Sometimes, I just need some no holds barred progressive metal that actually delivers on its promises. Unlike a couple other releases this year, this new album from Communic is a great heavy experience that is worthy of their legacy, while also giving us some new ideas and a good dose of cheese, though nothing enormously innovating or anything like that. Sometimes, that is all I really want. “Where Echoes Gather” is set to release on October 27th.
Communic is what I would call a veteran of progressive metal. This new album is their first since 2011, so it’s been some time since we’ve last heard from them. I was honestly assuming that they had disbanded. However, they are back and the lineup includes Oddleif Stensland on guitars and vocals, Erik Mortensen on bass, and Tor-Atle Andersen on drums.
The style here, as stated before, is progressive metal with lots of huge riffs, searing solos, relentless energy, and a certain level of cheese. No, there isn’t much in the way of delicate moments or melody, and in that way this album sounds very early 00s to me, not to mention the titles of the tracks are all lyrical statements within their respective songs. That’s not a problem for me because it’s a very welcome and rare blast from the past, and I think fellow prog metal fans will also appreciate the ultra serious lyrics and the over the top nature of the album. The sheer power and variety of riffs, however, ensures that this is a strong album that draws you in from the very first track.
The vocals are definitely something straight from early 00s prog metal, with lots of off-key moments and sober manliness. Oddleif has a powerful voice, but he also has tons of range, too. Yes, his guitars are awesome. They never skip a beat, blowing us away with heft and lots of fantastic breaks. Upon hearing the album, you’d almost expect dual guitarists, but Oddleif pulls it off by himself. Erik’s bass is surprisingly audible and very full in tone, especially in the last half of the album. Tor-Atle’s drums are a constant, never bordering on pretentiousness, but always pounding the beat into our brains.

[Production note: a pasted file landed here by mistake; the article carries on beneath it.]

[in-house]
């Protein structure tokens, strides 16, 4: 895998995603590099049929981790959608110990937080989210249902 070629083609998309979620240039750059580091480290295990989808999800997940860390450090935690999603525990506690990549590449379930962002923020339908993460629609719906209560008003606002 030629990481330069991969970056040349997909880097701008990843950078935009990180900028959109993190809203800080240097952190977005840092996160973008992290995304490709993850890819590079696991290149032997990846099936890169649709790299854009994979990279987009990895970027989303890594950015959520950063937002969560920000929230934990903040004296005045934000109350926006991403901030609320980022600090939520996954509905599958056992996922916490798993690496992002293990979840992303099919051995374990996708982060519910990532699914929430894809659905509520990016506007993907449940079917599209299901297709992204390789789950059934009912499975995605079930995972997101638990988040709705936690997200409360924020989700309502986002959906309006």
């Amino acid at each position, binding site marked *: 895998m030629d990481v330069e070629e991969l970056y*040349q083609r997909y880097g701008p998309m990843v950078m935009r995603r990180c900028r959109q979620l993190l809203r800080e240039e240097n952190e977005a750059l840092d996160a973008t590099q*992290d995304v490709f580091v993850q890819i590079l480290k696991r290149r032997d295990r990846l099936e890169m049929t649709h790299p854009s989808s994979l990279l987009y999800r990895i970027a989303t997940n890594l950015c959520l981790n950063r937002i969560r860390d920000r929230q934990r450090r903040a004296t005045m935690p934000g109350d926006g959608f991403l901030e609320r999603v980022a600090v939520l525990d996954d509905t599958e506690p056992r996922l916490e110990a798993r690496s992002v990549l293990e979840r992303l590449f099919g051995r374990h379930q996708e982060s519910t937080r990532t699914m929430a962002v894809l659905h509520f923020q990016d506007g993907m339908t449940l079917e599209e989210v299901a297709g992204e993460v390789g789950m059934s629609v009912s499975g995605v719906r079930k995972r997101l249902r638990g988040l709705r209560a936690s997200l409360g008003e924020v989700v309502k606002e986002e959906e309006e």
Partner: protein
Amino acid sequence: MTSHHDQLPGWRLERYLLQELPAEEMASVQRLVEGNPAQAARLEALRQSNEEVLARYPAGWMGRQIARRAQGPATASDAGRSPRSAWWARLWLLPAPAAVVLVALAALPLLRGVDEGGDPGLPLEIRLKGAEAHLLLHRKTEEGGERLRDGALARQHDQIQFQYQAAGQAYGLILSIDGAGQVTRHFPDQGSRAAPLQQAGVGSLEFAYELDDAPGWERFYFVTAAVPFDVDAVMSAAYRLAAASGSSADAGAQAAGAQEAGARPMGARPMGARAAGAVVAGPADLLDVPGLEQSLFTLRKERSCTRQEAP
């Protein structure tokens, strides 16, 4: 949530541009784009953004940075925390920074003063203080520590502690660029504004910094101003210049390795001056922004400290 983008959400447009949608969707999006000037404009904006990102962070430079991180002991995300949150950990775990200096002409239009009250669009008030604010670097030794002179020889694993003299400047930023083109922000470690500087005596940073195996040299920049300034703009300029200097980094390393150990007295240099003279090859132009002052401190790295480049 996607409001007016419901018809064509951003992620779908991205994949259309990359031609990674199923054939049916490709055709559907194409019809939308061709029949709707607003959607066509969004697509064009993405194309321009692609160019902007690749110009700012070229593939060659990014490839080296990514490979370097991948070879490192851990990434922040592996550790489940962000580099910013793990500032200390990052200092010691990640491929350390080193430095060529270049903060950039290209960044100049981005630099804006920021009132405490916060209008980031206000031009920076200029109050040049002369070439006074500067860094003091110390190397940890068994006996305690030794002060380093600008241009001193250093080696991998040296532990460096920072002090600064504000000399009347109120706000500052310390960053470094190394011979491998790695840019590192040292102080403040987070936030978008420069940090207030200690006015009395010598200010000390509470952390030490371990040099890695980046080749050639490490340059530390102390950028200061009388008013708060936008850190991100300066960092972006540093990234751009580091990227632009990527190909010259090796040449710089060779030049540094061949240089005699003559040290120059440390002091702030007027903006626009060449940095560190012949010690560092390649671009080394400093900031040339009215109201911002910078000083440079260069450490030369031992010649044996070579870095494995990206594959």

The first two tracks of “Where Echoes Gather” make up the song “The Pulse of the Earth”. The power between them is unending and they start the album with fire and grit, right from the first riff. Tracks 3 and 4 make up the titular song, “Where Echoes Gather”. It feels more haunting and a little squishy, with a very atmospheric chorus.
“Moondance” is probably my favorite on the album, and it is also where this album really begins to shine, in my opinion. This song is a bit spacier than the rest of the album, and it evokes feelings of being in the moonlight. I love the eerie, almost howling chorus harmony and the nostalgic guitar work near the end. “Where History Lives” follows and is a cheesy song that I really like, with lots of ominous guitars and straight-faced dogma.
“Black Flag of Hate”comes next and is a monstrous song with enormous riffs and lots of well-placed pauses that make it feel epic and pounding. The final two tracks form “The Claws of the Sea”. This song has a central guitar lick that I really like, and I find it to be more melodic and almost more story-oriented than the rest of the album: The lyrics are well written and almost poetic. Because of the more rhythmic nature of these tracks, Erik’s bass really stands out more.
Communic are back and their style is intact, for sure. They have offered up some more atmospheric ideas, though, that really bind this album together. “Where Echoes Gather” is a fantastic journey that is powerful, but also nostalgic in its sound. I honestly miss the days when prog metal sound more like this, though I wouldn’t want to leave it there. Especially if you are already a fan, this new Communic album will be a total win for you.